4. The balance of Yin Yang can be skewed due to outside influences.

    Four possible imbalances exist:

    • Deficiency Yang

    • Deficiency Yin

    • Excess Yang

    • Excess Yin

     

    These imbalances can be paired: so an excess of Yin can also simulate a Yang deficiency and vice versa.

     

    As an example this concept is especially important for Chinese healing practices. So an excess of Yang results in a fever. An excess of Yin could mean the accumulation of fluids in the body. Chinese healing examines a person’s health is in terms of the eight principles: Internal and External stimuli, Deficiency and Excesses, Cold and Heat and Yin and Yang.

     

  5. Yin Yang can be subdivided into additional Yin and Yang aspects.

    For example a Yang aspect of Heat: can be further subdivided into a Yin warm or Yang burning.

  6. Additional principles defining Yin and Yang qualities exist.

    The concepts listed here are merely a starting point to illustrate the nature of Yin and Yang. Usually as a practice Taoism does a good job of not codifying life. Which is ironic since many Taoist’s can happily list out what is Yin and what is Yang. Typically Taoist texts will list a few examples of Yin and Yang and then meander off to the next topic. Which makes sense as from a Taoist perspective it’s for the reader to reveal life from their own perspective. As an example go back to the Taoist passage quoted above from the Tao Te Ching. You will discover a few additional aspects to Yin and Yang, but the passage isn’t a complete definition either. The author of this passage fully expects you as the reader to go out and to explore the ideas on your own.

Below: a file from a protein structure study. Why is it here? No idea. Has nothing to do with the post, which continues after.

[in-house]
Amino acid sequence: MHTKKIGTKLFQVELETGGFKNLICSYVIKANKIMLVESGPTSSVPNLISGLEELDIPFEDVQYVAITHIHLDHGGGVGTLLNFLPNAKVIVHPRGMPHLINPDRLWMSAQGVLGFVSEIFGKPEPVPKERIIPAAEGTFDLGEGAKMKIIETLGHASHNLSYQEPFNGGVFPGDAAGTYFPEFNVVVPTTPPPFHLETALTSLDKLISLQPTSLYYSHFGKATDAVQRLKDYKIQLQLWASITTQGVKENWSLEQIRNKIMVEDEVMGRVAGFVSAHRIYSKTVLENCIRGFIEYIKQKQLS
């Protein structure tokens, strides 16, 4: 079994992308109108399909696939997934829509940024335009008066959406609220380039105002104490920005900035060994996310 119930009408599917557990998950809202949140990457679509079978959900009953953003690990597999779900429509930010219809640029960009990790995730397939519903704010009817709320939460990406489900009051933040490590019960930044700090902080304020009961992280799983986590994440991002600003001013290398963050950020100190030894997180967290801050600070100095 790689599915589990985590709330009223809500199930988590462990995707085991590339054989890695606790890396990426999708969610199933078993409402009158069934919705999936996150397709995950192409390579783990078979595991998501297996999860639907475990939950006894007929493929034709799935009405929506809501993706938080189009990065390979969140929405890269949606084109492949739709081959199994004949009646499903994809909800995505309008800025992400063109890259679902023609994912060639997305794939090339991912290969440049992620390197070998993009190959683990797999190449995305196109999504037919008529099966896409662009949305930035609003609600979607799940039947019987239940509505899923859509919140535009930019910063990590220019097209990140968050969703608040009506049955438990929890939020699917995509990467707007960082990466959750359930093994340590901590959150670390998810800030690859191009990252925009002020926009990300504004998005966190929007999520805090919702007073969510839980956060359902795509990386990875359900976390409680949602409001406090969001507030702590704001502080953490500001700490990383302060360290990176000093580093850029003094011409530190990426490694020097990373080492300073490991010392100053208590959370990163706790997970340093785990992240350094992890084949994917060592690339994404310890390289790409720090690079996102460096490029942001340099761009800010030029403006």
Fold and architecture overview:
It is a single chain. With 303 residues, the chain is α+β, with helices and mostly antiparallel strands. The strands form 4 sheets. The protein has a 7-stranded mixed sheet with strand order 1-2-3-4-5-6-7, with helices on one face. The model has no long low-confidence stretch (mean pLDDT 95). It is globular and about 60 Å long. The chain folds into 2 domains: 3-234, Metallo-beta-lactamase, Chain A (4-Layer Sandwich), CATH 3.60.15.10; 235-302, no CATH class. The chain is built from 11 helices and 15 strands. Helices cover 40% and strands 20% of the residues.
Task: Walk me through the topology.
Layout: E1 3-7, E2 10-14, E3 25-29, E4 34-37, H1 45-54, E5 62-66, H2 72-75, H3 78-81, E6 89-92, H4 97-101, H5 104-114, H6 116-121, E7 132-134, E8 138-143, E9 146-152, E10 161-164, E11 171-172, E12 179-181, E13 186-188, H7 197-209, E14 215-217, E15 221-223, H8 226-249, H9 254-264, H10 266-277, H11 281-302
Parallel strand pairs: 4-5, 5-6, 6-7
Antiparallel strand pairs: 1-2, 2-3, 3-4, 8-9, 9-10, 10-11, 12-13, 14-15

7. This is only the start. You can dig into Yin Yang in an infinite manner due to its relative nature.

 

Additional material for Yin Yang can be read here:

 

Encyclopedia of Philosophy: Yin Yang

 

How Yin Yang Flows

 

Now forget everything you have learned about Yin and Yang for a moment. Step back from all the descriptions and classifications of Yin and Yang to consider the following passage from the Tao Te Ching:

 

The Way begot one,
And the one, two;
Then the two begot three
And three, all else.

 

A clearer understanding of Yin Yang requires looking back into the Tao. The Tao can be considered as the fundamental absolute. Upon examination: the nature of the Tao expands out. This process of expansion defines a pattern, splitting apart into finer and finer patterns. Yin and Yang is the point where perception demarks the Tao’s expansion into one and then one into two.